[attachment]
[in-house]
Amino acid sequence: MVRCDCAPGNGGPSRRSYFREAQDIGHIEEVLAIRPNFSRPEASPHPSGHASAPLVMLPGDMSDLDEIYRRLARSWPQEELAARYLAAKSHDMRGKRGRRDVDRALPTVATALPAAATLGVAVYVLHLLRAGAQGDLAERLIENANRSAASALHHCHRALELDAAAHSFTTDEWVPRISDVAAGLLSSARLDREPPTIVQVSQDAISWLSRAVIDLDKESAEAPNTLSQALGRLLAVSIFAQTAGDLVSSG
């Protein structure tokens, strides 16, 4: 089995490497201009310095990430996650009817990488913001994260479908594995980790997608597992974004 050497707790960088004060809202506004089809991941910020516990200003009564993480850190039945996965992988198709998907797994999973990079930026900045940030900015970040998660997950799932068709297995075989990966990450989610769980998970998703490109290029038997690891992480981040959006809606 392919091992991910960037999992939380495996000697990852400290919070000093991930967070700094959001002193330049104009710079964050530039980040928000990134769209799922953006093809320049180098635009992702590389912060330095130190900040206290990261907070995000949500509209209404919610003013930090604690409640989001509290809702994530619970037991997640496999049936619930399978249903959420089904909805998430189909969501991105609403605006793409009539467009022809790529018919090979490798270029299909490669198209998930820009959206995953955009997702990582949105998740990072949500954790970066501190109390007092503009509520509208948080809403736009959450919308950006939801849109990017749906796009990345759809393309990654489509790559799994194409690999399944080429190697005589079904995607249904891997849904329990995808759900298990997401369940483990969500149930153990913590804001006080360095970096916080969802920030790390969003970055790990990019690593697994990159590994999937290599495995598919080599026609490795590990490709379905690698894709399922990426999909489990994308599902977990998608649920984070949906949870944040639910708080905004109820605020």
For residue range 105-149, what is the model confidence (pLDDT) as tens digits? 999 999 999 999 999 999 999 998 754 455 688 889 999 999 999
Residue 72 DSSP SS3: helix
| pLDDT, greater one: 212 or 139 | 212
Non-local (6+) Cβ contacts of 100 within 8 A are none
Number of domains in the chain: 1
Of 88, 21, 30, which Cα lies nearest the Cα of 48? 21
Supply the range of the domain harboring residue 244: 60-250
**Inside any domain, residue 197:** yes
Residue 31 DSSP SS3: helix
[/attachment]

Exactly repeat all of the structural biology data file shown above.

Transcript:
[in-house]
Amino acid sequence: MVRCDCAPGNGGPSRRSYFREAQDIGHIEEVLAIRPNFSRPEASPHPSGHASAPLVMLPGDMSDLDEIYRRLARSWPQEELAARYLAAKSHDMRGKRGRRDVDRALPTVATALPAAATLGVAVYVLHLLRAGAQGDLAERLIENANRSAASALHHCHRALELDAAAHSFTTDEWVPRISDVAAGLLSSARLDREPPTIVQVSQDAISWLSRAVIDLDKESAEAPNTLSQALGRLLAVSIFAQTAGDLVSSG
């Protein structure tokens, strides 16, 4: 089995490497201009310095990430996650009817990488913001994260479908594995980790997608597992974004 050497707790960088004060809202506004089809991941910020516990200003009564993480850190039945996965992988198709998907797994999973990079930026900045940030900015970040998660997950799932068709297995075989990966990450989610769980998970998703490109290029038997690891992480981040959006809606 392919091992991910960037999992939380495996000697990852400290919070000093991930967070700094959001002193330049104009710079964050530039980040928000990134769209799922953006093809320049180098635009992702590389912060330095130190900040206290990261907070995000949500509209209404919610003013930090604690409640989001509290809702994530619970037991997640496999049936619930399978249903959420089904909805998430189909969501991105609403605006793409009539467009022809790529018919090979490798270029299909490669198209998930820009959206995953955009997702990582949105998740990072949500954790970066501190109390007092503009509520509208948080809403736009959450919308950006939801849109990017749906796009990345759809393309990654489509790559799994194409690999399944080429190697005589079904995607249904891997849904329990995808759900298990997401369940483990969500149930153990913590804001006080360095970096916080969802920030790390969003970055790990990019690593697994990159590994999937290599495995598919080599026609490795590990490709379905690698894709399922990426999909489990994308599902977990998608649920984070949906949870944040639910708080905004109820605020």
For residue range 105-149, what is the model confidence (pLDDT) as tens digits? 999 999 999 999 999 999 999 998 754 455 688 889 999 999 999
Residue 72 DSSP SS3: helix
| pLDDT, greater one: 212 or 139 | 212
Non-local (6+) Cβ contacts of 100 within 8 A are none
Number of domains in the chain: 1
Of 88, 21, 30, which Cα lies nearest the Cα of 48? 21
Supply the range of the domain harboring residue 244: 60-250
**Inside any domain, residue 197:** yes
Residue 31 DSSP SS3: helix